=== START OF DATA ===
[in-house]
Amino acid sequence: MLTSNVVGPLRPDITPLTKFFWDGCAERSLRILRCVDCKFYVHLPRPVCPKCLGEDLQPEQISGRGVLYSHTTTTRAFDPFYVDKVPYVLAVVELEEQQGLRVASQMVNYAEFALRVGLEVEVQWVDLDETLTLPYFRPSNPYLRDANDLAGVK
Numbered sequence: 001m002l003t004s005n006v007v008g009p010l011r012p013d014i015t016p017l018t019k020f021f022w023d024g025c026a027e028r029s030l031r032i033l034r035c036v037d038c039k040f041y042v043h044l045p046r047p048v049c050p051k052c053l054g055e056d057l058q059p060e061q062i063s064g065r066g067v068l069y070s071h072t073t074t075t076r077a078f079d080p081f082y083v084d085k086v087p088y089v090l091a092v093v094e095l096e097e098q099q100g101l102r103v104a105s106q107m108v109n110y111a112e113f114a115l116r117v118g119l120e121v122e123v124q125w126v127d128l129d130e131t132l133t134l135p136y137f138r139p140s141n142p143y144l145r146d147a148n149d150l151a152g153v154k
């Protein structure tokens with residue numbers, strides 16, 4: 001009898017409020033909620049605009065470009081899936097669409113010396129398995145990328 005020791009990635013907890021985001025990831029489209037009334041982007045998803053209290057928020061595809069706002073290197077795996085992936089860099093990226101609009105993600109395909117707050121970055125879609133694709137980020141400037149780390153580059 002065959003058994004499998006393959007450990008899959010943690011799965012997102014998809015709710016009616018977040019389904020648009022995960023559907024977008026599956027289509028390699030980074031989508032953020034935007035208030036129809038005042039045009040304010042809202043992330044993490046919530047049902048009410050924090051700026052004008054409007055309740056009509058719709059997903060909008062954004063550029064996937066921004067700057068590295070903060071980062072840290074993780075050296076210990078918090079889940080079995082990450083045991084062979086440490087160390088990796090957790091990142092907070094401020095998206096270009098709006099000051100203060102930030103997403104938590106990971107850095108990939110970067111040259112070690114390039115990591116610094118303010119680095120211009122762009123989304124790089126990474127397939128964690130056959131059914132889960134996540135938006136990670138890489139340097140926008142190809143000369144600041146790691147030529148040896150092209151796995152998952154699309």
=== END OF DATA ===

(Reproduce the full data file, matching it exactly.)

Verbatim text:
[in-house]
Amino acid sequence: MLTSNVVGPLRPDITPLTKFFWDGCAERSLRILRCVDCKFYVHLPRPVCPKCLGEDLQPEQISGRGVLYSHTTTTRAFDPFYVDKVPYVLAVVELEEQQGLRVASQMVNYAEFALRVGLEVEVQWVDLDETLTLPYFRPSNPYLRDANDLAGVK
Numbered sequence: 001m002l003t004s005n006v007v008g009p010l011r012p013d014i015t016p017l018t019k020f021f022w023d024g025c026a027e028r029s030l031r032i033l034r035c036v037d038c039k040f041y042v043h044l045p046r047p048v049c050p051k052c053l054g055e056d057l058q059p060e061q062i063s064g065r066g067v068l069y070s071h072t073t074t075t076r077a078f079d080p081f082y083v084d085k086v087p088y089v090l091a092v093v094e095l096e097e098q099q100g101l102r103v104a105s106q107m108v109n110y111a112e113f114a115l116r117v118g119l120e121v122e123v124q125w126v127d128l129d130e131t132l133t134l135p136y137f138r139p140s141n142p143y144l145r146d147a148n149d150l151a152g153v154k
């Protein structure tokens with residue numbers, strides 16, 4: 001009898017409020033909620049605009065470009081899936097669409113010396129398995145990328 005020791009990635013907890021985001025990831029489209037009334041982007045998803053209290057928020061595809069706002073290197077795996085992936089860099093990226101609009105993600109395909117707050121970055125879609133694709137980020141400037149780390153580059 002065959003058994004499998006393959007450990008899959010943690011799965012997102014998809015709710016009616018977040019389904020648009022995960023559907024977008026599956027289509028390699030980074031989508032953020034935007035208030036129809038005042039045009040304010042809202043992330044993490046919530047049902048009410050924090051700026052004008054409007055309740056009509058719709059997903060909008062954004063550029064996937066921004067700057068590295070903060071980062072840290074993780075050296076210990078918090079889940080079995082990450083045991084062979086440490087160390088990796090957790091990142092907070094401020095998206096270009098709006099000051100203060102930030103997403104938590106990971107850095108990939110970067111040259112070690114390039115990591116610094118303010119680095120211009122762009123989304124790089126990474127397939128964690130056959131059914132889960134996540135938006136990670138890489139340097140926008142190809143000369144600041146790691147030529148040896150092209151796995152998952154699309």